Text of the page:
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Out of Africa: Oliver Mtukudzi brings his signature Tuku musical style to Kuumbwa on Thursday.

Oliver Mtukudzi's Redemption Songs

The Zimbabwean singer comes to Kuumbwa.

By Andrew Gilbert

The news from the southern African nation of Zimbabwe these days is invariably bad. The economy is in ruins, the nation is beset by one of the world's highest rates of HIV infection and President Robert Mugabe, once considered a hero for leading the successful fight against white minority rule, has become an election-stealing tyrant. That's the painful backdrop for Oliver "Tuku" Mtukudzi, whose international career has come together at the same time his country has fallen apart. He concludes a brief American tour with several dates in Northern California, including Thursday at Kuumbwa, where he performs with his longtime band, Black Spirits. The guitarist, songwriter and persuasively soulful vocalist has been a hero in Zimbabwe for three decades, with a vast body of uplifting songs in his signature "Tuku music" style. He started gaining a following in North America in the late 1990s through his work for the world music label Putumayo, and in 2005 he joined the high-powered roster of HeadsUp Africa, which includes the long-established international stars Miriam Makeba, Hugh Masekela and Ladysmith Black Mambazo.

His latest album, Tsimba Itsoka, is a musical tour de force that walks a dangerous tightrope between commentary on his homeland's dire situation and outright criticism of Mugabe's regime. Rather than naming names, he asks rhetorical questions, and seeks to guide society in a harmonious direction. For instance, the opening track, "Ungabe' We?," denounces men who mislead innocent youngsters, a barely veiled swipe at leaders who have sown division throughout the country. "My music has helped to unite people and be positive," says Mtukudzi, 55, during a phone interview from South Africa. "My music is trying to help people do things in harmony, and live properly without hurting each other, not to use hatred, which never solved anything."

Throughout his career, Mtukudzi has tried to stay above politics, which is one reason he's been able to remain in the country. "Thomas Mapfumo is in Oregon in exile," says Dave Love, the president of Mtukudzi's label HeadsUp, referring to another giant of Zimbabwean music. "Oliver is the most popular artist in the country, but it's very difficult for him to be outspoken. He doesn't want to be a politician. He wants to remain an artist. Look at what Mugabe's doing. It's a wise decision not to get up and start bashing the government."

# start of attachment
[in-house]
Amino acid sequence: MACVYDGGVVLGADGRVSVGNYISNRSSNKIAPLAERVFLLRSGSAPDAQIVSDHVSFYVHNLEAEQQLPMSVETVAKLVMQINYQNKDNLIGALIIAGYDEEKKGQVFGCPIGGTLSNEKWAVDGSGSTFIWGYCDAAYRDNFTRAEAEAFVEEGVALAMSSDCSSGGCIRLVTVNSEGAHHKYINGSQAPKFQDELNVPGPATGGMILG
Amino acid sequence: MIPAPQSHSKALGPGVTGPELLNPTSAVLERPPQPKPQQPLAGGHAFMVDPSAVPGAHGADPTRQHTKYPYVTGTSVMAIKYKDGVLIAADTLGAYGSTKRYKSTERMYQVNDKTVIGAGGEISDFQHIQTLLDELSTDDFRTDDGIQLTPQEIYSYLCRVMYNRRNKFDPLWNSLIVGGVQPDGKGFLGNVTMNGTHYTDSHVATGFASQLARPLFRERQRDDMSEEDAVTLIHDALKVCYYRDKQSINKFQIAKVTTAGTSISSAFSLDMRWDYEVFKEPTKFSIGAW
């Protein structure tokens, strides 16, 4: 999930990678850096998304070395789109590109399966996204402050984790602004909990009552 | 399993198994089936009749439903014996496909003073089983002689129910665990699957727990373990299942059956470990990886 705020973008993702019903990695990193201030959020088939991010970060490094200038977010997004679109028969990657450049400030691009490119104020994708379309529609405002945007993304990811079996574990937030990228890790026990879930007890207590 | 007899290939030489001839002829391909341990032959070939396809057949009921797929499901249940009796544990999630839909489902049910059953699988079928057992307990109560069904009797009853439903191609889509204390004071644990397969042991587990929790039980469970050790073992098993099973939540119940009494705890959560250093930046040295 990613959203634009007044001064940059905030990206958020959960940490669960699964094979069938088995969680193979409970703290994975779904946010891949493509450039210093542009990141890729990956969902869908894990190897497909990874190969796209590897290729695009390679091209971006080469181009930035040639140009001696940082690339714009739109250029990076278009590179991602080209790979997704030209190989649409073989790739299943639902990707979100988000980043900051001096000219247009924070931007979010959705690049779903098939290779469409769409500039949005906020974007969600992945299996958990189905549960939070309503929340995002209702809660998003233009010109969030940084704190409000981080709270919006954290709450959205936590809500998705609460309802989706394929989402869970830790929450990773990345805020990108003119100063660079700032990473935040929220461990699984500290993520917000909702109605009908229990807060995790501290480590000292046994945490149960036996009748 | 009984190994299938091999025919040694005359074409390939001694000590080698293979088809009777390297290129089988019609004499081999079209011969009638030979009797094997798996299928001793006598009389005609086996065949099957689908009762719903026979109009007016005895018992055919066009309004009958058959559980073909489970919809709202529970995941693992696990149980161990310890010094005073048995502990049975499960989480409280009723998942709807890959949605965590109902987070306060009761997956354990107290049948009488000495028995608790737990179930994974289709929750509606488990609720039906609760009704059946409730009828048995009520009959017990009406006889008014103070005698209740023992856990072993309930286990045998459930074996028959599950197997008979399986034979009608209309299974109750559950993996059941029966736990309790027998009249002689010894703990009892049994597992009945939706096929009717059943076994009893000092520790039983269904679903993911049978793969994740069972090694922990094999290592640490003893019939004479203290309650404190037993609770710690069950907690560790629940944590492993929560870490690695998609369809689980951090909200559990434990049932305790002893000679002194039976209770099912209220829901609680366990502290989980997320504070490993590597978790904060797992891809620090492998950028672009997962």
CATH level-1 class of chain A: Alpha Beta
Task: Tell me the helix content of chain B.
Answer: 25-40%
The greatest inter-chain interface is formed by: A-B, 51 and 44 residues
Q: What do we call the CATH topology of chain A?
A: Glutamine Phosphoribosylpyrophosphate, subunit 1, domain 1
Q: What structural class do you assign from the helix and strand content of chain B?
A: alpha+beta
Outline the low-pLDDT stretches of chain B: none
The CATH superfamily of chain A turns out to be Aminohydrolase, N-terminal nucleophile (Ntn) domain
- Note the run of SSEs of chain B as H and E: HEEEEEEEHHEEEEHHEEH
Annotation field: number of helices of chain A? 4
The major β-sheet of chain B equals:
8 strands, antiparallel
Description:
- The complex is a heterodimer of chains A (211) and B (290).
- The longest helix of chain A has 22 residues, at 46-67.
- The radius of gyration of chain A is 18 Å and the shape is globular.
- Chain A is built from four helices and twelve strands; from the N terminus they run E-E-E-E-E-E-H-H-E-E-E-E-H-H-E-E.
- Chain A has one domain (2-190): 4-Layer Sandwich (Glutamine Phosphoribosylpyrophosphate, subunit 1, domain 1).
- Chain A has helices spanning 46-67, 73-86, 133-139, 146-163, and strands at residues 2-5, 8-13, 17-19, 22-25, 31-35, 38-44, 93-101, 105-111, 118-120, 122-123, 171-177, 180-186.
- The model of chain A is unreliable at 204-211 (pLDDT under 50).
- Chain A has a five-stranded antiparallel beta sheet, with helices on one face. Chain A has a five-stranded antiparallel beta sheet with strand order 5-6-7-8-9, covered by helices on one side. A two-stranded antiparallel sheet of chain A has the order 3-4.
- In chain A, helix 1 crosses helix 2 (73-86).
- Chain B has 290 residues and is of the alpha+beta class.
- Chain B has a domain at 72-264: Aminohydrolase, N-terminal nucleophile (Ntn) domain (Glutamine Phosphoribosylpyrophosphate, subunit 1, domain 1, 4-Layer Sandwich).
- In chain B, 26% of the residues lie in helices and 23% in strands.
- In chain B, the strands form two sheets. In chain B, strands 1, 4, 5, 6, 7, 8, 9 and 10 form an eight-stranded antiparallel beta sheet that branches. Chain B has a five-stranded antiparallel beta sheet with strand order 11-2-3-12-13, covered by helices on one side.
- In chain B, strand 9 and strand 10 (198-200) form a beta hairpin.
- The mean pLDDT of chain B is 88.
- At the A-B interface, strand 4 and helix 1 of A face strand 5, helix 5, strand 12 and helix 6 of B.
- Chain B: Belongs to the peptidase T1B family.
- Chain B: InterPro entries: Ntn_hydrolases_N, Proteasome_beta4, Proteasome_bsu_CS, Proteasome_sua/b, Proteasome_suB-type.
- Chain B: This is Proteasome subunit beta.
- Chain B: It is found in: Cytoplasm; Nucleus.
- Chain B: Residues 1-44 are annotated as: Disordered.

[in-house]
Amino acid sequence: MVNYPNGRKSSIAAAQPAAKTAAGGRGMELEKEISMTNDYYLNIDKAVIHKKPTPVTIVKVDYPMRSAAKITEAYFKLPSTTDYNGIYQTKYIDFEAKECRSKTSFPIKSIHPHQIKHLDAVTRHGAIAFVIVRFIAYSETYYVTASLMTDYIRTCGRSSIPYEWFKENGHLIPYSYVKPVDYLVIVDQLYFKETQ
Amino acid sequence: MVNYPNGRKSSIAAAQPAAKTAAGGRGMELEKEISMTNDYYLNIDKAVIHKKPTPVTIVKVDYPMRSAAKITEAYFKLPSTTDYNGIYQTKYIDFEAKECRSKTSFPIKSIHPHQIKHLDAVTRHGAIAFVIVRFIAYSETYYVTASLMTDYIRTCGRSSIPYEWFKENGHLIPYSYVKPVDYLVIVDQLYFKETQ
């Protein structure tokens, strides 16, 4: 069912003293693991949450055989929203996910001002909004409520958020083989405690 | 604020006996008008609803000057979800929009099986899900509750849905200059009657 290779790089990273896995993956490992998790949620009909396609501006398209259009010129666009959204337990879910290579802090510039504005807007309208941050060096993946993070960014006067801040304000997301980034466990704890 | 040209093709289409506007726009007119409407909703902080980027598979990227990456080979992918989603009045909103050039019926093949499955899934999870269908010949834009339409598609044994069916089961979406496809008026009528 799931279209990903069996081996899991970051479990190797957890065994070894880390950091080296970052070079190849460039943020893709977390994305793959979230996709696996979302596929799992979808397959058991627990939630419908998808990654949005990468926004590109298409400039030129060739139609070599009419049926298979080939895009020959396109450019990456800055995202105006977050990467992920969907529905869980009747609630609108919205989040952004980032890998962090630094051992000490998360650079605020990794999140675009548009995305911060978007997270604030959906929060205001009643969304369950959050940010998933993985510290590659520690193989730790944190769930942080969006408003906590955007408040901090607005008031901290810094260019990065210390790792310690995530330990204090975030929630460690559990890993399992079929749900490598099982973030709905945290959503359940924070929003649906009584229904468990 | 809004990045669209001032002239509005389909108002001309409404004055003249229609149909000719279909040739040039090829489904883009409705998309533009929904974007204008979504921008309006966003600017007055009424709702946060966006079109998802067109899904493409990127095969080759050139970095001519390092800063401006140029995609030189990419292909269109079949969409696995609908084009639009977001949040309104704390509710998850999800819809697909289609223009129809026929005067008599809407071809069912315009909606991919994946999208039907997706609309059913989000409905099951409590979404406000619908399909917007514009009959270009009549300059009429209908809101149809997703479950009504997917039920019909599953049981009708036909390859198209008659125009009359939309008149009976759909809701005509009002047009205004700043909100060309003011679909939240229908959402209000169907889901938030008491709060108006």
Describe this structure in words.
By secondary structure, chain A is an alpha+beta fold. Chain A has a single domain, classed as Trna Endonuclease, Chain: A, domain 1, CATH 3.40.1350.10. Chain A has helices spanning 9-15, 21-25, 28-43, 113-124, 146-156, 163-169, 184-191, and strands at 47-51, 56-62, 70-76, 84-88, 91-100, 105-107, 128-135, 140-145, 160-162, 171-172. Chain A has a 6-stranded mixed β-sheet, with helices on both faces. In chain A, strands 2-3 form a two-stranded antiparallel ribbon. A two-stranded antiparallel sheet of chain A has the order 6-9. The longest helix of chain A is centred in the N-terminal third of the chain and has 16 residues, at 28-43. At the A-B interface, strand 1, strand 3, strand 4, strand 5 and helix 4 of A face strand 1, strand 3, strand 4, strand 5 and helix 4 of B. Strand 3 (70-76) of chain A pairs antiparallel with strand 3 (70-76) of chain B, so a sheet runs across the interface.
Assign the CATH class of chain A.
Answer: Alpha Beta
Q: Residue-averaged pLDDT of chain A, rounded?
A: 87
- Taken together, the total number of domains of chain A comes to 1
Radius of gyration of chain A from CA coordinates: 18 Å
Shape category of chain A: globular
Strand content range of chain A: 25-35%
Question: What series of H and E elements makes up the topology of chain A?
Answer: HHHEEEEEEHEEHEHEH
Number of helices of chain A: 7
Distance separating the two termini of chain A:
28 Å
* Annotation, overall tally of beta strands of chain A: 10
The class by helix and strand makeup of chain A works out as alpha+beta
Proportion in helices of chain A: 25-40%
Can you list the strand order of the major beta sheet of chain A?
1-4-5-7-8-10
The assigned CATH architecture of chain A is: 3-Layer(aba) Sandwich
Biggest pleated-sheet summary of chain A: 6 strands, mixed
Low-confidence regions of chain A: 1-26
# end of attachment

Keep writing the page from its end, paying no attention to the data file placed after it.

What makes Mtukudzi's music so powerful is that he delivers his messages with a gritty vocal style reminiscent of Otis Redding over intricate interlocking patterns adapted for guitar from mbira (a traditional musical form of Zimbabwe's Shona people played on a thumb-piano-like instrument of the same name). Tuku music also incorporates the hard-driving South African mbaqanga beat and the katekwe drumming patterns of his Korekore people.

It's a sound he's been refining for decades. Mtukudzi was already a rising star in 1977 when he joined the popular band Wagon Wheels, which also featured Thomas Mapfumo, who went on to stardom as a solo artist. Mtukudzi transformed the band into Black Spirits in 1979 and produced the epochal album Africa, which firmly established him as the voice of the newly independent nation.

A tremendously prolific artist—he's released more than 40 albums in Zimbabwe—Mtukudzi only started gaining widespread attention in the United States in the mid-1990s, when Bonnie Raitt began championing his music, citing his song "What's Going On" as the inspiration for her tune "One Belief Away" on her 1998 album Fundamental. More importantly, Mtukudzi began working with British producer Steve Dyer, who helped create his 1998 hit album Tuku Music.

Mtukudzi has also been deeply involved in other art forms. He was featured in JIT, the first film with an all-Zimbabwean cast, and played a leading role in Neria, a feature film for which he also wrote and arranged the soundtrack. He wrote and directed the musical Was My Child, a production exploring the plight of street children in Zimbabwe's capital Harare. Lately, he's been producing recordings by other Zimbabwean artists in his new Harare studio. Despite the government's attempts to co-opt his name during the last election, Mtukudzi is confident that he retains the trust of the people.

"My music is one of the very few things that Zimbabweans share equally, no matter where you come from, what color you are, what tastes you have or what party you support," Mtukudzi says. "The aim of my music is to try to unite everyone. And whatever decision you make politically, that's your own baby, but we should do it in harmony, together."

OLIVER MTUKUDZI performs Thursday, Oct. 25, at 7 and 9pm at Kuumbwa Jazz Center, 320-2 Cedar St., Santa Cruz. Tickets are $25 adv/$28 door. (831.427.2227)

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